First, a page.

Zydus Cadila, an Indian biopharmaceutical company, has launched the world’s first biosimilar antibody-drug conjugate of trastuzumab emtansine. The biosimilar, which uses Genentech/Roche’s trastuzumab emtansine (Kadcyla®) as the reference product, will be marketed under the name Ujvira®.
The development of biosimilar drugs is a complex endeavor and industry leaders focusing on this development of antibody-drug conjugates say that this development is a milestone proving that the ADCs have come to age.
“The launch of Ujvira reinforces the innovation capabilities that India has to be able to create complex therapies like ADCs and Zydus’ ongoing commitment to offer breakthroughs backed by science and innovation,” said Sharvil Patel, MD, Managing Director of Cadila Healthcare.
“This research breakthrough enables access to a critical drug for patients who are undergoing therapy for breast cancer. We hope that with this innovation, patients will be able to adhere to the treatment and stand to benefit from the advanced technology without worrying about the cost of the treatment.”
Developing a biosimilar form of trastuzumab emtansine is a developmental breakthrough due to its complexity in manufacturing and similarity assays.
The concept of biosimilar drugs and the framework to develop these agents, was official established by European regulators in the early 2000s. The the years following, regulatory frameworks for the develoipment of biosimilar was also been established in the United Startes, Japan, and other countries. As a results, since 2018, biosimilars versions of like infliximab, adalimumab, rituximab, trastuzumab, and bevacizumab have been approved. 
In general terms, to be called a biosimilar, regulators must conclude that a drug is highly similar to the original biologic – or reference drug – and that it has no clinically meaningful differences from the original. Only minor differences in clinically inactive components are allowable in the development of biosimilar products.
This means that patients can expect the same safety and effectiveness from the biosimilar over the course of treatment as they would from the original reference product. Hence, before approving a drug as a biosimilar, a thorough evaluation is required that helps to ensure that a biosimilar product is as safe and effective and meets the regulator’s high standards for approval.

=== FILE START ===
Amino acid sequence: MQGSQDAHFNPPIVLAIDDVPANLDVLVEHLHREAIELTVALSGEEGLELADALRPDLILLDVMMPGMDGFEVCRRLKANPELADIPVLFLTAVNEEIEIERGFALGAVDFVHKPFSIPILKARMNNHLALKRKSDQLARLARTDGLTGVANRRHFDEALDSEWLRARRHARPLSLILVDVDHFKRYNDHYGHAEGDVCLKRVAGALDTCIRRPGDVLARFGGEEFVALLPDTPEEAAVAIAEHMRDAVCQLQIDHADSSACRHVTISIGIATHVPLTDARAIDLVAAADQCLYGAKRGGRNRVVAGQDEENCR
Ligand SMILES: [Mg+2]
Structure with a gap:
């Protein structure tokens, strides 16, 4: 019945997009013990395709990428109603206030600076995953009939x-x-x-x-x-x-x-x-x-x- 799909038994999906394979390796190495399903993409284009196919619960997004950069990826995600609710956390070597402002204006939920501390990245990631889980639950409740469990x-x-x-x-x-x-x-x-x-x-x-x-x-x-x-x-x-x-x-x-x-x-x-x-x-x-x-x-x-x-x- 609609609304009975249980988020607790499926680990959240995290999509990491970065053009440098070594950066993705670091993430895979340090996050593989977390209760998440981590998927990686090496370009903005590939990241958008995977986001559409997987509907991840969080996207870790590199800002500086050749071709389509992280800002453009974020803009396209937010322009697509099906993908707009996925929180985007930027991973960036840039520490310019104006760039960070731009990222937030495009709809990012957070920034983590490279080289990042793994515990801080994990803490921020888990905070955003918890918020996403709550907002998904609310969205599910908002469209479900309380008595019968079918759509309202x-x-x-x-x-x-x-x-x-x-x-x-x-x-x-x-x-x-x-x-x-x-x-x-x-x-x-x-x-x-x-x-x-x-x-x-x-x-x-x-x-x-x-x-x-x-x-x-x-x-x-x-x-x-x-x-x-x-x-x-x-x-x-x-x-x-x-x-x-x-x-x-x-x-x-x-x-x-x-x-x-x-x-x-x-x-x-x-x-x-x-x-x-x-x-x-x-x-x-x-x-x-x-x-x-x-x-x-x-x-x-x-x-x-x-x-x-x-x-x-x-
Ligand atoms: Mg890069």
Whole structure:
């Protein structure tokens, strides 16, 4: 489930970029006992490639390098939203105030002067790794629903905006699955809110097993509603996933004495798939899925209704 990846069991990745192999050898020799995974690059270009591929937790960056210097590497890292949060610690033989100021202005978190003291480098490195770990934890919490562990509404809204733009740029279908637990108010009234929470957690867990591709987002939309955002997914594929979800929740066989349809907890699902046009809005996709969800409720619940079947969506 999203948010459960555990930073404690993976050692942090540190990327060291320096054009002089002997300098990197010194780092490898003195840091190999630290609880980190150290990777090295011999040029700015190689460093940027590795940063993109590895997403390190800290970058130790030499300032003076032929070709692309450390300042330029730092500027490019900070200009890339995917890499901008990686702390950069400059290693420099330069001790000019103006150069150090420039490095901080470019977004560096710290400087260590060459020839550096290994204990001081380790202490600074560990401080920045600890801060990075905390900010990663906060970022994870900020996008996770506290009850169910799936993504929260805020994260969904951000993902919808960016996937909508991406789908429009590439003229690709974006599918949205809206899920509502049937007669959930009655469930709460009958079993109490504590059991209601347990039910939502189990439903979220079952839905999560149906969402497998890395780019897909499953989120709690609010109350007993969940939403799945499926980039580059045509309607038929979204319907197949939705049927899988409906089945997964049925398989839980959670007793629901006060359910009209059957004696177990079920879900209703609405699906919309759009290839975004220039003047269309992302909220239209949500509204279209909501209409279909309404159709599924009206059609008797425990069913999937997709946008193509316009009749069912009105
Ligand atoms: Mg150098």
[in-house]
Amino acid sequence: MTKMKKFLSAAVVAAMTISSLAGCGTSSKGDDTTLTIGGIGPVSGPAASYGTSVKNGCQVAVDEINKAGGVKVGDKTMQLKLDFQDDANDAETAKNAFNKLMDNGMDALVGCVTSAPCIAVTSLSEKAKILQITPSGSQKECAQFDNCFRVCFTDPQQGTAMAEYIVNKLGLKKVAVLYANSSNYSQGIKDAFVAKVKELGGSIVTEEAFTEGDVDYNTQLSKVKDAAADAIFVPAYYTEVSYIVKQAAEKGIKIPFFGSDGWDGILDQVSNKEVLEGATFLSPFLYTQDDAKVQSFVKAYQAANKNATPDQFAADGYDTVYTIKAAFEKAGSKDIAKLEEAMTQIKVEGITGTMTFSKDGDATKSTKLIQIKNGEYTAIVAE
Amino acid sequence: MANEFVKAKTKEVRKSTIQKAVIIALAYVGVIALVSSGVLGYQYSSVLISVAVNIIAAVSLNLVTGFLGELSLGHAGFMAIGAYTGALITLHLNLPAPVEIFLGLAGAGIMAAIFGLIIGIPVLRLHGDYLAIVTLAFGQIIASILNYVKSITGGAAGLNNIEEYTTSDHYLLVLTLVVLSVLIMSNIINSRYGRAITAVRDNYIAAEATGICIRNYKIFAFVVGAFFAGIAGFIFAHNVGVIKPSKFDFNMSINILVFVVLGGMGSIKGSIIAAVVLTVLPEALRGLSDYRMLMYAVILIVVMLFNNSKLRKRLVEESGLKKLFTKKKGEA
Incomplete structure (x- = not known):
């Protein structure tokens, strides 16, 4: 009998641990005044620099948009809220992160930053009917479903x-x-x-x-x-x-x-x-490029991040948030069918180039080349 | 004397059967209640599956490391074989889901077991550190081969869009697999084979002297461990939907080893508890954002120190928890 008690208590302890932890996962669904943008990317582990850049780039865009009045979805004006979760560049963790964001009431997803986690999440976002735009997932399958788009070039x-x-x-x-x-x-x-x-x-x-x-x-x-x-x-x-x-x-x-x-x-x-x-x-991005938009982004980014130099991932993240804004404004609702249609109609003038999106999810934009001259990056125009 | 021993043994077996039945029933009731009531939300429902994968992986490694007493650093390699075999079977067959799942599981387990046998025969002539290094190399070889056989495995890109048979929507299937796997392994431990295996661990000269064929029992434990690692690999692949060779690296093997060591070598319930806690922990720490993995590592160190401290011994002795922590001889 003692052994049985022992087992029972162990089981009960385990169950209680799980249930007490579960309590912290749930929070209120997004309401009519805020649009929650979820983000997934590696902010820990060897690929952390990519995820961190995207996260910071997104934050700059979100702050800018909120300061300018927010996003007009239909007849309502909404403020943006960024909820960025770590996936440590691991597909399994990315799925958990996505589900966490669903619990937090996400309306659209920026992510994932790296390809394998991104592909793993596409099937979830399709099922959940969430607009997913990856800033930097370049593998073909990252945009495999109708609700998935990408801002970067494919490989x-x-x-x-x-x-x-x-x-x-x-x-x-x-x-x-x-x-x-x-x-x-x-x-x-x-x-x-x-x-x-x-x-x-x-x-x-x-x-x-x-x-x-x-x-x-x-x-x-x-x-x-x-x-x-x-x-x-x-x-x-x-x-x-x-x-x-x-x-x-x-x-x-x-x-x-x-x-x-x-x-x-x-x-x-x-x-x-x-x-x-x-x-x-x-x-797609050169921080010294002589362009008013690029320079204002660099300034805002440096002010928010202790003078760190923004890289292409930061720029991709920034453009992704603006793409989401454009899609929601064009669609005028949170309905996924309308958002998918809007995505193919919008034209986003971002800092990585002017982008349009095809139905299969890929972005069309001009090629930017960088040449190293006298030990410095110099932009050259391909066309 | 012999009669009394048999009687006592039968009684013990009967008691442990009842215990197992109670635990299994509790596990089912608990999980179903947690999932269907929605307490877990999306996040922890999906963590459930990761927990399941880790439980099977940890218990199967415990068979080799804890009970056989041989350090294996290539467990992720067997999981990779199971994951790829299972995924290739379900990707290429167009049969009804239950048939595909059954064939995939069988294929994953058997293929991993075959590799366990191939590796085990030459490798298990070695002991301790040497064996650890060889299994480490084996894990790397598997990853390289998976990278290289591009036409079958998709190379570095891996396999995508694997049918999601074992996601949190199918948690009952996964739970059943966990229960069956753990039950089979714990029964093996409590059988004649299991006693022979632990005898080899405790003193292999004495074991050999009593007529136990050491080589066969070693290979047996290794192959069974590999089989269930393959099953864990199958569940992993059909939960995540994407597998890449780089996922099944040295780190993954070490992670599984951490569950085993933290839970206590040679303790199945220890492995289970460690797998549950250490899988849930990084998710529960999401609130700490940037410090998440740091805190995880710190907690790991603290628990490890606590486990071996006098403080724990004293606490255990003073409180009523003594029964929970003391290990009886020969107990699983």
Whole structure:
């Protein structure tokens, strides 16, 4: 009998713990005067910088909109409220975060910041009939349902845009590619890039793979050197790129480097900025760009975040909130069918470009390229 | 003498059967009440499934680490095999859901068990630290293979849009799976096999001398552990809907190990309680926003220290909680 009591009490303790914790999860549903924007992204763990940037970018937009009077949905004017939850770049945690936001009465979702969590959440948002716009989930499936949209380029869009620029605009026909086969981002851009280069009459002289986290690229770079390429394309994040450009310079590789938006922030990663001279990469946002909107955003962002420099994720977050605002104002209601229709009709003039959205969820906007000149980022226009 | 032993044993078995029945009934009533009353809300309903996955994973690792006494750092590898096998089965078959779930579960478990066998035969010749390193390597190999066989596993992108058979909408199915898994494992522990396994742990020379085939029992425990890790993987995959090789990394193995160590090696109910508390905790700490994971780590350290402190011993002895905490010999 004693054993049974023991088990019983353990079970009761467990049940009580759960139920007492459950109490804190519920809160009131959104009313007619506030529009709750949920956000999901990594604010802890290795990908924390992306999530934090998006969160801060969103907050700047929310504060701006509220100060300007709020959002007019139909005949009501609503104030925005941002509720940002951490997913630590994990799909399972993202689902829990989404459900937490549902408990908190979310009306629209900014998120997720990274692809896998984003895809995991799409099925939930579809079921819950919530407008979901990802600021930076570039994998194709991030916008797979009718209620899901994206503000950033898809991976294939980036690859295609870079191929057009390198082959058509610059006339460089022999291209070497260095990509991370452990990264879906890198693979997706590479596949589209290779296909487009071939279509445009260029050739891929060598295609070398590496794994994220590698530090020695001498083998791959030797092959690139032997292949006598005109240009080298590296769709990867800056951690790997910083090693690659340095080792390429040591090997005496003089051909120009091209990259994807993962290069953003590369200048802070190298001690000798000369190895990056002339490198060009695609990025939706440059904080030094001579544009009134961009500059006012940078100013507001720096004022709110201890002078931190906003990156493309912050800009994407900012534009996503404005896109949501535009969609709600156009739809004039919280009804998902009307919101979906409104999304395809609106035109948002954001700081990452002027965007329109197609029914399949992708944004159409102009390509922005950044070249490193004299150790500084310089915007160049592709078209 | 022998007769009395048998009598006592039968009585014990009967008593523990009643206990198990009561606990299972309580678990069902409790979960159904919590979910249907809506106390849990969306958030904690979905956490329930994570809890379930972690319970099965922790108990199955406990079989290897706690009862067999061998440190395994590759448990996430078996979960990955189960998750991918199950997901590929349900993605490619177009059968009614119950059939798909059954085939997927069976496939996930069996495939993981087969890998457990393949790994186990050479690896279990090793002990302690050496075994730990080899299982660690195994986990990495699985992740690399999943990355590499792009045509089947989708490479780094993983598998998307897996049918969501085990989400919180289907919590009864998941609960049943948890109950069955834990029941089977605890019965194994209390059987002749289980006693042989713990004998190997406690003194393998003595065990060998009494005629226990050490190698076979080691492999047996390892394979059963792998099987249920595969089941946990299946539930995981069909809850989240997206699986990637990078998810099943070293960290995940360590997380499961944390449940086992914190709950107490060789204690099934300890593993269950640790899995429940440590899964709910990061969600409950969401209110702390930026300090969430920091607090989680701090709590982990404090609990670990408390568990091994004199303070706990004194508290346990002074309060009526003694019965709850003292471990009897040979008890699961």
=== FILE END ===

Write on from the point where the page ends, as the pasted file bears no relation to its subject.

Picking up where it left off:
The process for biosimilar development of drugs like ADCs, involves rigorous analytical studies to establish a comprehensive understanding of the similarity and quality of the biosimilar to the reference product. For therapeutic antibodies including trastuzamab, quality attributes include FcRn binding and related structures which are known to affect the pharmacokinetic profile of the product. Antigen binding, glycan structure, and isoelectric point are also considered to have a potential impact on the pharmacokinetic profile of the product. By using multiple state-of-the-art analytical methods, scientistsare able to extensively characterize protein structures so that the reference product and biosimilar can be directly compared. In turn, this ensure comparability of both functional integrity and performance of the biosimilar in vivo. The results of the analytrical comparisons, with respect to the structure and function of the molecule, provides the foundation for the ongoing development, which, in part, builds on the clinical experience with the reference biologic.
In addition, regulators also have stringent requirements for the manufacturing of biosimilars. In general, they want to see that the same quality manufacturing standards that apply to the original biologic also apply to the biosimilar. Further, biosimilars must be manufactured in accordance with Current Good Manufacturing Practice requirements, which cover methods, facilities, and controls for the manufacturing, processing, packaging, or holding of a drug product. Overall, these requirements help to prevent manufacturing mistakes or unacceptable impurities and to ensure product quality.
Antibody-drug conjugates combine the targeting capabilities of monoclonal antibodies with the cancer-killing ability of anti-cancer cytotoxic drugs. Drug developers at Zydus had to make sure thst they met the these requirements in developing an ADC biosimilar, which combines trastuzumab (the antibody) and the cytotoxic anti-cancer compound emtansine (or DM1) linked via a stable linker.
One of the promises made by Zydus is that the new therapy will be priced at nearly 80% less than the currently available option in the market.
Developed in-house, the antibody-drug conjugate is considered to be one of the most complex technologies in drug development. Ujvira is not yet approved by the FDA for distribution in the United States.
Highlights of prescribing information
Trastuzumab emtansine (Kadcyla®; Genentech/Roche) [Prescription information]
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